So, to answer the question of whether or not the Buddha was a male chauvinist, we must remember that no achievement has been more difficult for women than the breakthrough into the religious “profession,” surely a paradox of its own. And we must remember that words are exceedingly tricky. A person considered a disciplinarian in American schools today would have been regarded as an easygoing “softy” in Hohenzollern, Germany. Today’s conservative would have been viewed as a flaming liberal in 1920 Mississippi. Relative to his locus in history, and judged as a man among other men, the Buddha was really no “male chauvinist.” But I would suggest to him that if he ever decides to make a reappearance today, he’d better leave his Eight Chief Rules at home!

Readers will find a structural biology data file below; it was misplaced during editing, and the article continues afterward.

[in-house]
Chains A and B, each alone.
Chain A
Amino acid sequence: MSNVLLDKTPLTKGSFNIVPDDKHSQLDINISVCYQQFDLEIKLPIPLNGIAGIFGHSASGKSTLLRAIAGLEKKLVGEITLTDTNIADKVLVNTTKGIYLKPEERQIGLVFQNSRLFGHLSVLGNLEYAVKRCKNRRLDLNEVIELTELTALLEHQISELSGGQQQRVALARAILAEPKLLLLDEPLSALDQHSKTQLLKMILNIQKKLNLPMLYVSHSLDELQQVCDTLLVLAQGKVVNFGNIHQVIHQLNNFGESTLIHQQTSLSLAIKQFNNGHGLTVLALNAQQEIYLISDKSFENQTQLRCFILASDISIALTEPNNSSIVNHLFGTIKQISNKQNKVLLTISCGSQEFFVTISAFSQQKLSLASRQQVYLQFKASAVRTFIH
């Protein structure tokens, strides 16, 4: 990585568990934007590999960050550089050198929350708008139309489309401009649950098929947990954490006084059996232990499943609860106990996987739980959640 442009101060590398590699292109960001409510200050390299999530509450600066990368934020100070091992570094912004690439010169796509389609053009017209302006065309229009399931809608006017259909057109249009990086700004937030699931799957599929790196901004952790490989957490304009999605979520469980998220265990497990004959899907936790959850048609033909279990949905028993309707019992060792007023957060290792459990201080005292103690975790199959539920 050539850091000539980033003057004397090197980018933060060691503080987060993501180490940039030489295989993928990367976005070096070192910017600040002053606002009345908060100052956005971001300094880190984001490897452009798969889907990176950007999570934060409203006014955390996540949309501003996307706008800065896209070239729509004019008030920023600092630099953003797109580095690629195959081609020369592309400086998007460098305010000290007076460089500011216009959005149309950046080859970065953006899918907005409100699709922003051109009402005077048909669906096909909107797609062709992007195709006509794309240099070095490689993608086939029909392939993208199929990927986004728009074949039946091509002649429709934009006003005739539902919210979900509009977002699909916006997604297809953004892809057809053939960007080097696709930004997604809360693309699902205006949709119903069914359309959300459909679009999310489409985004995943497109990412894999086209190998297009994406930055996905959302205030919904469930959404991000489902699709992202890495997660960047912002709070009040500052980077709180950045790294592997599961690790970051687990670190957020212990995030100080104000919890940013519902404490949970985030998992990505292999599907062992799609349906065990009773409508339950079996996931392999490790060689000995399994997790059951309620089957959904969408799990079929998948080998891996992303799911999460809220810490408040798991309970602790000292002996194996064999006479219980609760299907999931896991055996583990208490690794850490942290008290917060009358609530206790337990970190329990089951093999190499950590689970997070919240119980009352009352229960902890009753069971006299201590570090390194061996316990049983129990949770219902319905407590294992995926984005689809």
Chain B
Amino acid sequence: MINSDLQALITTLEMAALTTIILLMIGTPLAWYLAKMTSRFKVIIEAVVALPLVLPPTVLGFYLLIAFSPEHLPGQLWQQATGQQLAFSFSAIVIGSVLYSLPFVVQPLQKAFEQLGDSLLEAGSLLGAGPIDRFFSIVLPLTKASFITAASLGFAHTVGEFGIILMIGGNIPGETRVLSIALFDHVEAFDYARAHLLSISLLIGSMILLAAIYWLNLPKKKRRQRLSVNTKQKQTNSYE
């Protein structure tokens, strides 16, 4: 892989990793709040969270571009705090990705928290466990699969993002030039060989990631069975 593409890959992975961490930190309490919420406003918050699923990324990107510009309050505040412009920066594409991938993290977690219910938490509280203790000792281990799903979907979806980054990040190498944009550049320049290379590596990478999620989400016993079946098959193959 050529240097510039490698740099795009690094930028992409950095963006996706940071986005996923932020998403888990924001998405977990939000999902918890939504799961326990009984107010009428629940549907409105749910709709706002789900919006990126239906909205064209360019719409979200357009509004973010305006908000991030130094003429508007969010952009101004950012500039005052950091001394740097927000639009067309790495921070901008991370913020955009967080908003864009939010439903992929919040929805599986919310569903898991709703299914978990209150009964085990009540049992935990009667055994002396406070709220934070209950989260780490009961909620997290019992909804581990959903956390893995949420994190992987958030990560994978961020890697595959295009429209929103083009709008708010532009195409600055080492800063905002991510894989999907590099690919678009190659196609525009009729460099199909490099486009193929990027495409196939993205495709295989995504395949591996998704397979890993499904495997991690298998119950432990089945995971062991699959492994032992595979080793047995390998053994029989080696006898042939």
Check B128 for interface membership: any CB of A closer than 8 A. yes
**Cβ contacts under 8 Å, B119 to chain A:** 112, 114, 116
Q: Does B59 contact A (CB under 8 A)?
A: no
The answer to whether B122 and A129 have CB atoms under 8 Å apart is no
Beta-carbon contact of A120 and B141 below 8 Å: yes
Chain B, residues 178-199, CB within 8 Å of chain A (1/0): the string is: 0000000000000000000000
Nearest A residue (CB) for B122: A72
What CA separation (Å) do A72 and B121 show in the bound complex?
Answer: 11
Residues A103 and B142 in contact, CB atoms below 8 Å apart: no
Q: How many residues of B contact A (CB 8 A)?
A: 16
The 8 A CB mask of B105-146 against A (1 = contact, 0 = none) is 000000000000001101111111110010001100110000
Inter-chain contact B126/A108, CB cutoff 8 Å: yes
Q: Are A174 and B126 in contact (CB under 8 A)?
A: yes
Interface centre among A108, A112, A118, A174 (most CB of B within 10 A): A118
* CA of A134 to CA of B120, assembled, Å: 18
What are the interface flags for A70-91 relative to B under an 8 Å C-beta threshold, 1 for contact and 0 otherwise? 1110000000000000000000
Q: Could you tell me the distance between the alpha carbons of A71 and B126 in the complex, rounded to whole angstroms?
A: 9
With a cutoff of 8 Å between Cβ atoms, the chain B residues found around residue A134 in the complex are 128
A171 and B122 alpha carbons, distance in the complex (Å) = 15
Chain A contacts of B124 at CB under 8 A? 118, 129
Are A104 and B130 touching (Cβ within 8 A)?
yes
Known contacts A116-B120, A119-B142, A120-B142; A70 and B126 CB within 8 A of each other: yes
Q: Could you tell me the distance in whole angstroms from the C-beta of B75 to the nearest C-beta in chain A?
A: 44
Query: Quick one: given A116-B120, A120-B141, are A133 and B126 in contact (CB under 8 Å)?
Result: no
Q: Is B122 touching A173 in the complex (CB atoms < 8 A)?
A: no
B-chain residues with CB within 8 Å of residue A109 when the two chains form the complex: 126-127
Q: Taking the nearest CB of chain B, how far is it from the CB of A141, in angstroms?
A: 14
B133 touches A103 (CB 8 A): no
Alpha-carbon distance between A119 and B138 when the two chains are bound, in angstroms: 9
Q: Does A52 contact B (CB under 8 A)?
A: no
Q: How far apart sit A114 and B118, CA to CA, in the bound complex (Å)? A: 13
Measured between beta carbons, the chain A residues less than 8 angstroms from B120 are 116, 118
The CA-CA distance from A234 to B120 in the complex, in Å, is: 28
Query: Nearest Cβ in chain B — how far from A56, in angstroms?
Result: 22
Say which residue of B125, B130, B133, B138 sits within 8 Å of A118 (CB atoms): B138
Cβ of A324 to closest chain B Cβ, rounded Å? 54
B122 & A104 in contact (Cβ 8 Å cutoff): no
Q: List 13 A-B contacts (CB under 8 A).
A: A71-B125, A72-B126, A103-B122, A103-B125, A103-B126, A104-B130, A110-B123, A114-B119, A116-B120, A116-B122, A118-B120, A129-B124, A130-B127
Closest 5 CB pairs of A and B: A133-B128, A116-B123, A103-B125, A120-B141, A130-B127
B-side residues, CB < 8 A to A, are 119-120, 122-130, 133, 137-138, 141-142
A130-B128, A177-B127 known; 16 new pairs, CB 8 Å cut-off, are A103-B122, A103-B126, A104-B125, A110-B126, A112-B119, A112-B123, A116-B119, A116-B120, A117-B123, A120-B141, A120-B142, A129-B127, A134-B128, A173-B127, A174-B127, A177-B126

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Dr. Robert Schwarz is professor emeritus of philosophy at Florida Atlantic University, where he taught from 1964 to 1989, receiving the university's undergraduate teaching award upon his retirement. Dr. Schwarz is the author of a book on the Nazis and has published numerous essays, reviews, and journal articles.